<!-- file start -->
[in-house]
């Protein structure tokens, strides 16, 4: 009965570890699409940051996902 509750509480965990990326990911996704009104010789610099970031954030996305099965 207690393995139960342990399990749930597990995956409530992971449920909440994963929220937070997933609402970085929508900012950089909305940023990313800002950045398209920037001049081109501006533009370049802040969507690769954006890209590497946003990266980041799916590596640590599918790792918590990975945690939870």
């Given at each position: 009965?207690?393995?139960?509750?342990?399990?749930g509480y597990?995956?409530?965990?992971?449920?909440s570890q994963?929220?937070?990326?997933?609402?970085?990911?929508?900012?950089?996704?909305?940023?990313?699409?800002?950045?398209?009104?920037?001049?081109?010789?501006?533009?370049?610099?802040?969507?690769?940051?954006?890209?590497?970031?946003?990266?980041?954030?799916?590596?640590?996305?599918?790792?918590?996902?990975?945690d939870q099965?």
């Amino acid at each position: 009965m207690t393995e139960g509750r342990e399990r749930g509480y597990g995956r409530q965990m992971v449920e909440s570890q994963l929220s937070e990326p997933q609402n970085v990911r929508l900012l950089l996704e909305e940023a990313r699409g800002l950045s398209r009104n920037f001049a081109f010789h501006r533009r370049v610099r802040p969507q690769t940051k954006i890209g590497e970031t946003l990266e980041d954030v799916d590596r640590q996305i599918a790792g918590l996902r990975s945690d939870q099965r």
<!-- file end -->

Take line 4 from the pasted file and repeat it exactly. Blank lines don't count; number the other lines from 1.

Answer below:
């Amino acid at each position: 009965m207690t393995e139960g509750r342990e399990r749930g509480y597990g995956r409530q965990m992971v449920e909440s570890q994963l929220s937070e990326p997933q609402n970085v990911r929508l900012l950089l996704e909305e940023a990313r699409g800002l950045s398209r009104n920037f001049a081109f010789h501006r533009r370049v610099r802040p969507q690769t940051k954006i890209g590497e970031t946003l990266e980041d954030v799916d590596r640590q996305i599918a790792g918590l996902r990975s945690d939870q099965r």